The Man Who Could See Only Money

The Man Who Could See Only Money

Once there was a man with a strange eye disease. When he was about fifty years old, his eyes began to behave very peculiarly.

Perhaps you have heard of persons who saw spots or specks in front of their eyes. This man's trouble was similar. Only, instead of seeing spots, he saw dollar marks. No matter where he looked, his vision was cluttered up by images of large dollar signs in each eye.

At first he only saw this large "S" sign with two lines through the middle when he was at his place of business. Then he saw it whenever he looked at a customer, then when he looked at the outdoor scenery. Finally, he couldn't even look at his wife's face without seeing a large dollar sign right in the middle of her face.

It was disconcerting, to say the least. Furthermore, it was dangerous. He even found it difficult to read the markers along the highway or to tell whether a traffic light was red or green.

He had always thought of the dollar sign as the most pleasing of all insignia, especially when written in black ink. Now he positively hated it. Yet he couldn't escape the sight of it. The big double-crossed "S" was the last thing he saw at night and the first picture to cross his vision in the morning. He even dreamed of it in bed.

Before he told anybody about his affliction, he went to the dime store and tried the most expensive spectacles on the counter. They brought no relief.

Then he sought help from the local eye doctor. He didn't tell the doctor what was really the matter but complained of "eye­strain." The doctor fitted him with fine-looking horn-rimmed glasses, but these, too, did him no good. In fact, just thinking of what the glasses cost made his affliction worse than ever. Finally, his wife, who was alarmed over his frequent headaches, made an appointment for him with a famous city specialist.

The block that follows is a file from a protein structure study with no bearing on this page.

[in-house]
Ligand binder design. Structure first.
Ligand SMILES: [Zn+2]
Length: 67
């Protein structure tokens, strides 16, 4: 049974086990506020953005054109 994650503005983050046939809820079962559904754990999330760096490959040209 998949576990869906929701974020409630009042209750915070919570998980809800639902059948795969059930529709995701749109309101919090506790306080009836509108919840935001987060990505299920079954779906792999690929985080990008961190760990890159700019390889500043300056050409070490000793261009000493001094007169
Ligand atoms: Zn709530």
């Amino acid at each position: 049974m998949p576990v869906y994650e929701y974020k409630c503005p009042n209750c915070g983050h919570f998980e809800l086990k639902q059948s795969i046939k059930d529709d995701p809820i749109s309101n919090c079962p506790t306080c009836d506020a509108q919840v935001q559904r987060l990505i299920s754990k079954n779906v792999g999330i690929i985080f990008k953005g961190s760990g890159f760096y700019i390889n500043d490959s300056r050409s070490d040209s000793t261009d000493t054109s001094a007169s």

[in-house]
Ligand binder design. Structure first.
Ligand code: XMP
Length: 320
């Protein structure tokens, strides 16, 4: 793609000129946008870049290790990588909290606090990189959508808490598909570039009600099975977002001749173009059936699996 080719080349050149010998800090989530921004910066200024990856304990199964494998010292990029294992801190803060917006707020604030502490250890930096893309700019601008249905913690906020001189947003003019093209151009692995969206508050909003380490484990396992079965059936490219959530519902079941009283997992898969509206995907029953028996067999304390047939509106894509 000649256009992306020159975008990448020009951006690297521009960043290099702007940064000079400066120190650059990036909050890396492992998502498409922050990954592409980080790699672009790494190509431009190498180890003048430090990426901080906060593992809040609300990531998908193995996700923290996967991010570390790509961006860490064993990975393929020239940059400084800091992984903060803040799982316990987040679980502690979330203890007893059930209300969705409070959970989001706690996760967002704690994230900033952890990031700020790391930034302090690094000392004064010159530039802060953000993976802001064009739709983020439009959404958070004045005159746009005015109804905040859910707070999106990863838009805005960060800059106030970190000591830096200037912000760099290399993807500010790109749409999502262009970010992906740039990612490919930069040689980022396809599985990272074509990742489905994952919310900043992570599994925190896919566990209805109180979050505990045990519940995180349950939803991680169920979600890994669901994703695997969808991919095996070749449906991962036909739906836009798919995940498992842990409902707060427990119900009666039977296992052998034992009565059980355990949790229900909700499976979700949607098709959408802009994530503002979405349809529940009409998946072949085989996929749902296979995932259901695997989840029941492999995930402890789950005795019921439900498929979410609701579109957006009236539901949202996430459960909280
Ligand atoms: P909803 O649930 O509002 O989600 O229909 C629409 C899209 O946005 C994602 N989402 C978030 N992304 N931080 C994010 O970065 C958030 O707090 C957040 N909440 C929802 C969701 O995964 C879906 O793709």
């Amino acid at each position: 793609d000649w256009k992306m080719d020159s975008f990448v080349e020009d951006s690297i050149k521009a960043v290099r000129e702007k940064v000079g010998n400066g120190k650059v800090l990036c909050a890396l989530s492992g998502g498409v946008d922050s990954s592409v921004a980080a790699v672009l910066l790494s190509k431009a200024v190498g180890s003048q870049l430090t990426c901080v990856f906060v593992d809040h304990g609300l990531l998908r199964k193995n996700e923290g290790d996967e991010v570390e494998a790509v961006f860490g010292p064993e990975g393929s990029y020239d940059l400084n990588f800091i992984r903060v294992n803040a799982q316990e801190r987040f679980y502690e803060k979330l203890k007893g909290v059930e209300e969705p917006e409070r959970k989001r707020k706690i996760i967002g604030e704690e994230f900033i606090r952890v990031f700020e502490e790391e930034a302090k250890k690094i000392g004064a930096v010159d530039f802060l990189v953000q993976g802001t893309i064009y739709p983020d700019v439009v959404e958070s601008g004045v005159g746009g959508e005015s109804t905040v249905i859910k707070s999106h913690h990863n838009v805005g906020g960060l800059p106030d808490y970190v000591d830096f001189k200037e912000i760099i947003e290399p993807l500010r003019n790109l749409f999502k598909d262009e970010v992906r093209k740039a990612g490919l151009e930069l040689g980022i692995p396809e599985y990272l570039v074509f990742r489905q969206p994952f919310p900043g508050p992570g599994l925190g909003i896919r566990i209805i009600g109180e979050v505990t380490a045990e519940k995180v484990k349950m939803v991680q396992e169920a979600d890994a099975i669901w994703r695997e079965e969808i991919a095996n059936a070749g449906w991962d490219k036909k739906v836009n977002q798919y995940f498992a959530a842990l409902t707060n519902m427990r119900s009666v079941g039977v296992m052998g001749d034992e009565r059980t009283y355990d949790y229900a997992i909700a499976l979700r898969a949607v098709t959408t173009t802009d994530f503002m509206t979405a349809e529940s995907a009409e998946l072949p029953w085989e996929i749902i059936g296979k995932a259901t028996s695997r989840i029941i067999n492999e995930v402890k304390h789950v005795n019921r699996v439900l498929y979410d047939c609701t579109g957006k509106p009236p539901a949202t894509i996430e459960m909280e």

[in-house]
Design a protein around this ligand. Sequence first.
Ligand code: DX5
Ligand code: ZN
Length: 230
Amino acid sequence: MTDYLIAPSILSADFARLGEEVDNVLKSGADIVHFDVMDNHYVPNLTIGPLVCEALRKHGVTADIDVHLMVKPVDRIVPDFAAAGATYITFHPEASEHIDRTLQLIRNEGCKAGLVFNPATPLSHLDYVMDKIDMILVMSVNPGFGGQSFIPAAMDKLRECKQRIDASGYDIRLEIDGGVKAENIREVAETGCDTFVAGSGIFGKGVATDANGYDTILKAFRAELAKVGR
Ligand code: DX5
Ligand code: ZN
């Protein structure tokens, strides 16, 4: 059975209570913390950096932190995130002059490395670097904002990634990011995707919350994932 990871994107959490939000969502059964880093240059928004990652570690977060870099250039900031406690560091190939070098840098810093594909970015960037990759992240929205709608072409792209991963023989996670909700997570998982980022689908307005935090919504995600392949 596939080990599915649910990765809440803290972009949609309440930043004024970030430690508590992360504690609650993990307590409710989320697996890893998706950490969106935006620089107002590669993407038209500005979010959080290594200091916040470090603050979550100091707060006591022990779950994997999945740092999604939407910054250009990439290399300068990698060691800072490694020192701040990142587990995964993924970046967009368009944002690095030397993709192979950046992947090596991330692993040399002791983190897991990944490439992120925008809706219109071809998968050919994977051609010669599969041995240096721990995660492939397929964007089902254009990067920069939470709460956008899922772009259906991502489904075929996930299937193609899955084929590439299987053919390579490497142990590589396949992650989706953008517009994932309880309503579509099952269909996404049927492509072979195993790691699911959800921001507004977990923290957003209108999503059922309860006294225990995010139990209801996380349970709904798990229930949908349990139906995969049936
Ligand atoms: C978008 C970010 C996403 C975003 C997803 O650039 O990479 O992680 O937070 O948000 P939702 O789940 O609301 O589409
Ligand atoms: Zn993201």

As they neared the specialist's office, his eyes throbbed with pain. Dollar signs literally danced before his eyes, so worried was he about what the doctor might charge him. He could barely make out the letters on the medical diploma which hung in the waiting room.

The specialist examined him thoroughly, checking him from head to toe. After the examination he asked Mr. Jones, for that was his name, many questions about his personal and business life. Mr. Jones was not used to being treated so, and declared that he came for a check on his eyes, not a mental examination.

The physician turned and looked out the window a long time. Then he faced Mr. Jones and said: "Mr. Jones, I could fit you with eyeglasses and charge you fifty dollars, but you wouldn't be helped in the least. The trouble isn't in your eyes at all, but in your general system. My prescription is most unusual. You can follow it if you want. That's up to you. Or you can try another specialist. But I guarantee that you will lose your entire vision unless you take my advice!"

Mr. Jones pondered. He knew this man was telling the truth, for he was the greatest eye specialist in the country. He nodded to the doctor.

"What is it? I'll do anything to see like I once did. Why, this morning I couldn't see my son's face at breakfast. Only a large dollar sign perched on his neck."

When the doctor told him his prescription, Mr. Jones was the angriest man you ever saw. He wouldn't do such a crazy thing! What would become of his business? He didn't have time for such tomfoolery. He came for medical advice, not sermons, he said. The doctor told him he was finding it hard nowadays not to give both.

Well, Mr. Jones did try. Considering his stubborn nature, he tried exceedingly hard. He took a six-months vacation from his business and raised his assistant's salary one-third for him to run his affairs during his absence.